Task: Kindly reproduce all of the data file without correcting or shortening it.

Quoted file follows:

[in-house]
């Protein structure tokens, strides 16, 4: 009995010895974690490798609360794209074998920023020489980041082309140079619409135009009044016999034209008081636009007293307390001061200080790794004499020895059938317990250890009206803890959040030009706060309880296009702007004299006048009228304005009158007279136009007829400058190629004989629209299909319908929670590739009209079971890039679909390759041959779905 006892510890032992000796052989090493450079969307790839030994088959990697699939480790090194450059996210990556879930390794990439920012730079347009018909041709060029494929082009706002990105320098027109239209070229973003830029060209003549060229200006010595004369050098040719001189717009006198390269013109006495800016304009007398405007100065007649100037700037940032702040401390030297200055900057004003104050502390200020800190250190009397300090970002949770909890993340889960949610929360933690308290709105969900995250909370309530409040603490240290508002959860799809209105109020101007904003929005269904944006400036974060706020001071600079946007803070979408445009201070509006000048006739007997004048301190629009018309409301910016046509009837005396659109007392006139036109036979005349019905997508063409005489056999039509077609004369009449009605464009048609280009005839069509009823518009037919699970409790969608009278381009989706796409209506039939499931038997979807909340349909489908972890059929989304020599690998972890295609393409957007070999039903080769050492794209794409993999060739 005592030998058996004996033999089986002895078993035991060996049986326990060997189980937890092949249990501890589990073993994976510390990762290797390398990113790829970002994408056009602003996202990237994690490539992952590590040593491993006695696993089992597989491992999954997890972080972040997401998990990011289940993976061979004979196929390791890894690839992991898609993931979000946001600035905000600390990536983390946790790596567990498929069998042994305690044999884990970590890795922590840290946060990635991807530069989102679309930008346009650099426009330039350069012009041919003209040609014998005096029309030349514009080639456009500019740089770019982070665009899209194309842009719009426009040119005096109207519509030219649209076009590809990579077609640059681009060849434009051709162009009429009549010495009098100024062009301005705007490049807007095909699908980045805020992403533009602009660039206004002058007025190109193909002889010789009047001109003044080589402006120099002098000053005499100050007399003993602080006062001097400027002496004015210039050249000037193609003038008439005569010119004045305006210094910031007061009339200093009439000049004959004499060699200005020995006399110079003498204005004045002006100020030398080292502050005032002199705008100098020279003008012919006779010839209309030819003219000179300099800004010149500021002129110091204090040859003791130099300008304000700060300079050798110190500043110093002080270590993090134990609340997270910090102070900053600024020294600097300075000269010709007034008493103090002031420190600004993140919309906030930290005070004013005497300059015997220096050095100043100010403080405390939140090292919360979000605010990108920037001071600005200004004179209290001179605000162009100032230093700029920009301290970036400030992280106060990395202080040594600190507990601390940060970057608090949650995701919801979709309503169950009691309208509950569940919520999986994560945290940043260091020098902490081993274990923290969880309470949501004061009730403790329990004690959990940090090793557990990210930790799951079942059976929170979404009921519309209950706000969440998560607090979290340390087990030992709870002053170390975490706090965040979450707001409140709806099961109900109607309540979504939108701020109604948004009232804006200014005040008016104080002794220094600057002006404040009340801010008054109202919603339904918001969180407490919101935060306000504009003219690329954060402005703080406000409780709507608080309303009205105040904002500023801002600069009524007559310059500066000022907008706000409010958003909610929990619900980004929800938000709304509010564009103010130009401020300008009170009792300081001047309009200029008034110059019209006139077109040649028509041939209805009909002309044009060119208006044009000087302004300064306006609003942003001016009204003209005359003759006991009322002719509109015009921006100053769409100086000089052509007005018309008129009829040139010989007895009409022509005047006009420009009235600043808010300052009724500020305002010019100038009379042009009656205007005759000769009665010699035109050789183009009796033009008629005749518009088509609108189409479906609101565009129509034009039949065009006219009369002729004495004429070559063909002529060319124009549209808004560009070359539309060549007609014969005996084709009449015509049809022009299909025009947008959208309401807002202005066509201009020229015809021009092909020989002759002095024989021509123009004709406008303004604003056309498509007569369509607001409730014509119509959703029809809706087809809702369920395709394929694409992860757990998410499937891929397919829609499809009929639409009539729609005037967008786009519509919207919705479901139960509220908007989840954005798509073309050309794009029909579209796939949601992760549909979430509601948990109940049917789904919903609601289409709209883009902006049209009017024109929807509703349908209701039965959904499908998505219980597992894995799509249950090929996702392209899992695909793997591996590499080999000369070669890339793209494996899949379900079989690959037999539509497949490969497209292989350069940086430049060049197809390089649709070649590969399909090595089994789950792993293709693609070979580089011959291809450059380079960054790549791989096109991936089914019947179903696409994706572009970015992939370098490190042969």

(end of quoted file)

[in-house]
């Protein structure tokens, strides 16, 4: 009995010895974690490798609360794209074998920023020489980041082309140079619409135009009044016999034209008081636009007293307390001061200080790794004499020895059938317990250890009206803890959040030009706060309880296009702007004299006048009228304005009158007279136009007829400058190629004989629209299909319908929670590739009209079971890039679909390759041959779905 006892510890032992000796052989090493450079969307790839030994088959990697699939480790090194450059996210990556879930390794990439920012730079347009018909041709060029494929082009706002990105320098027109239209070229973003830029060209003549060229200006010595004369050098040719001189717009006198390269013109006495800016304009007398405007100065007649100037700037940032702040401390030297200055900057004003104050502390200020800190250190009397300090970002949770909890993340889960949610929360933690308290709105969900995250909370309530409040603490240290508002959860799809209105109020101007904003929005269904944006400036974060706020001071600079946007803070979408445009201070509006000048006739007997004048301190629009018309409301910016046509009837005396659109007392006139036109036979005349019905997508063409005489056999039509077609004369009449009605464009048609280009005839069509009823518009037919699970409790969608009278381009989706796409209506039939499931038997979807909340349909489908972890059929989304020599690998972890295609393409957007070999039903080769050492794209794409993999060739 005592030998058996004996033999089986002895078993035991060996049986326990060997189980937890092949249990501890589990073993994976510390990762290797390398990113790829970002994408056009602003996202990237994690490539992952590590040593491993006695696993089992597989491992999954997890972080972040997401998990990011289940993976061979004979196929390791890894690839992991898609993931979000946001600035905000600390990536983390946790790596567990498929069998042994305690044999884990970590890795922590840290946060990635991807530069989102679309930008346009650099426009330039350069012009041919003209040609014998005096029309030349514009080639456009500019740089770019982070665009899209194309842009719009426009040119005096109207519509030219649209076009590809990579077609640059681009060849434009051709162009009429009549010495009098100024062009301005705007490049807007095909699908980045805020992403533009602009660039206004002058007025190109193909002889010789009047001109003044080589402006120099002098000053005499100050007399003993602080006062001097400027002496004015210039050249000037193609003038008439005569010119004045305006210094910031007061009339200093009439000049004959004499060699200005020995006399110079003498204005004045002006100020030398080292502050005032002199705008100098020279003008012919006779010839209309030819003219000179300099800004010149500021002129110091204090040859003791130099300008304000700060300079050798110190500043110093002080270590993090134990609340997270910090102070900053600024020294600097300075000269010709007034008493103090002031420190600004993140919309906030930290005070004013005497300059015997220096050095100043100010403080405390939140090292919360979000605010990108920037001071600005200004004179209290001179605000162009100032230093700029920009301290970036400030992280106060990395202080040594600190507990601390940060970057608090949650995701919801979709309503169950009691309208509950569940919520999986994560945290940043260091020098902490081993274990923290969880309470949501004061009730403790329990004690959990940090090793557990990210930790799951079942059976929170979404009921519309209950706000969440998560607090979290340390087990030992709870002053170390975490706090965040979450707001409140709806099961109900109607309540979504939108701020109604948004009232804006200014005040008016104080002794220094600057002006404040009340801010008054109202919603339904918001969180407490919101935060306000504009003219690329954060402005703080406000409780709507608080309303009205105040904002500023801002600069009524007559310059500066000022907008706000409010958003909610929990619900980004929800938000709304509010564009103010130009401020300008009170009792300081001047309009200029008034110059019209006139077109040649028509041939209805009909002309044009060119208006044009000087302004300064306006609003942003001016009204003209005359003759006991009322002719509109015009921006100053769409100086000089052509007005018309008129009829040139010989007895009409022509005047006009420009009235600043808010300052009724500020305002010019100038009379042009009656205007005759000769009665010699035109050789183009009796033009008629005749518009088509609108189409479906609101565009129509034009039949065009006219009369002729004495004429070559063909002529060319124009549209808004560009070359539309060549007609014969005996084709009449015509049809022009299909025009947008959208309401807002202005066509201009020229015809021009092909020989002759002095024989021509123009004709406008303004604003056309498509007569369509607001409730014509119509959703029809809706087809809702369920395709394929694409992860757990998410499937891929397919829609499809009929639409009539729609005037967008786009519509919207919705479901139960509220908007989840954005798509073309050309794009029909579209796939949601992760549909979430509601948990109940049917789904919903609601289409709209883009902006049209009017024109929807509703349908209701039965959904499908998505219980597992894995799509249950090929996702392209899992695909793997591996590499080999000369070669890339793209494996899949379900079989690959037999539509497949490969497209292989350069940086430049060049197809390089649709070649590969399909090595089994789950792993293709693609070979580089011959291809450059380079960054790549791989096109991936089914019947179903696409994706572009970015992939370098490190042969």